#9: The Worst Haircut Of My Life
A traumatic run-in with the barber on 3rd street between Avenue C and B
July 13, 2017
I woke up today with a headache because my hair had grown so long that when I rolled out of bed it bunched up on top of my head to make me look like Marge Simpson. I was in desperate need of a haircut.
I ambled down to my local snippety-snipper a block from my apartment. I popped my head in the door and a tall bespectacled gentleman looked up from the foils he was intensely applying. “Yes what?” He asked. “Can I make an appointment?” I replied, apologetically. He replied in his thick, Eastern European accent, “Go. Next door. He halp you.”
I walked out the door, turned left, and found another glass door with an identical logo on it. I peered into the window to see another tall gentleman, but this one was far different.
For starters, he had very little hair. It had all receded to a small, elite squadron of scalp-pubes at the very back of his head. He wore a tight black t-shirt that didn’t completely cover his belly. His y-fronts poked up from his skinny jeans which he’d rolled up to make makeshift three-quarter length stylish leggings, showing off his bony ankles and Amazon-bought ‘leather’ loafers. (Ok, I also own the same loafers.)
He spun around from twiddling with his iPod nano, spotted me peering through the window, and gestured for me to come inside. I froze… I wanted to run, but he’d seen me. I gingerly pushed on the glass door causing a small bell to ring above my head.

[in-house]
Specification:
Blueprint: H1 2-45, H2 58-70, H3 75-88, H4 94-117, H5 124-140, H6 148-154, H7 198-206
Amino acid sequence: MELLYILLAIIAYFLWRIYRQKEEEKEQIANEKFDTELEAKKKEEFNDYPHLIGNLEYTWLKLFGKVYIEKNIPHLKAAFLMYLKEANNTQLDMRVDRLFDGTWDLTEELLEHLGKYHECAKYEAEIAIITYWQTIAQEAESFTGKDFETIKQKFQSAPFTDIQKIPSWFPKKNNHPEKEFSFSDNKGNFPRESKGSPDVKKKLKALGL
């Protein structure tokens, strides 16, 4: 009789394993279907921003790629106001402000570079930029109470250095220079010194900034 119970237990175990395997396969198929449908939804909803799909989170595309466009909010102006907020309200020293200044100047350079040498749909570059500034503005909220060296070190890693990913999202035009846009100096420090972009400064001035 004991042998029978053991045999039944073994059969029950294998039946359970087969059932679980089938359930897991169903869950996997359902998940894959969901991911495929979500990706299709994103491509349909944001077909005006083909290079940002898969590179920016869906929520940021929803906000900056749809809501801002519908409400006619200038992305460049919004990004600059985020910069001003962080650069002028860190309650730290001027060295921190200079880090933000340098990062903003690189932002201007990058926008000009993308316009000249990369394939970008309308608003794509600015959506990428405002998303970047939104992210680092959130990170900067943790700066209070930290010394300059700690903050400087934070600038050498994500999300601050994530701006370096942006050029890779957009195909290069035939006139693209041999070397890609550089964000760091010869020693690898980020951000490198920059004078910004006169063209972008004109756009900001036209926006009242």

“My nem Serge. Yes, You look for me?”
I said “Hi, Serge. I was looking to get a haircut, but if you’re busy I’ll come back another time.”
He scoffed, “Beesy! Who is beesy, not me, thassfersher!” Then he let out a huge belly laugh. “Seet. I cut you head.”
I sat. (So he could cut me head.)
Right off the bat I was very skeptical. He ran a comb through my unwashed, product-filled mane, yanking hairs out by the roots as he went. He held the comb like he was a baby learning how to get purchase on an object for the first time. It wasn’t allaying my very real fear that this man was not a real barber.
“What you want do? Yes you want short?”
I said “Just… ow… just a trim. A shorter -OW! -shorter version of this please.”
With that, he whipped out his buzzing trimmer which looked like it was made in the Soviet Union in the 70s. It had bits of bronze, corroded aluminum and a power cable that needed an adaptor to plug into the US outlet.
Despite my misgivings, I felt an odd kinship with him as an immigrant. We’re both trying to make a go of it here in these ol’ United States of America. Best give him the benefit of the doubt before I jump to any—
—Seconds before he put chainsaw to scalp, I stopped him and said, “Wait!”
He paused, confused.
I said, “Just one thing… please don’t touch the sideburns.”
He replied incredulously, “Oh, you don’t want sideburns do you?”
I said, “Yes. That’s why I have sideburns.”
“But if you shave off you look like me, yes? Look! I no haev sideburns!”
I said, “I’m ok with sideburns. Please don’t touch my sideburns.”
He then shaved off my sideburns.
My face went a shade of bright red. “What the F… what the.. “
I couldn’t even muster the word Fuck, I was so angry.
“Why did you do that?” I asked, calmly.
“Do waet?” he quizzically enquired, continuing to shave the sides of my head like I was about to ship off to my second tour of Afghanistan.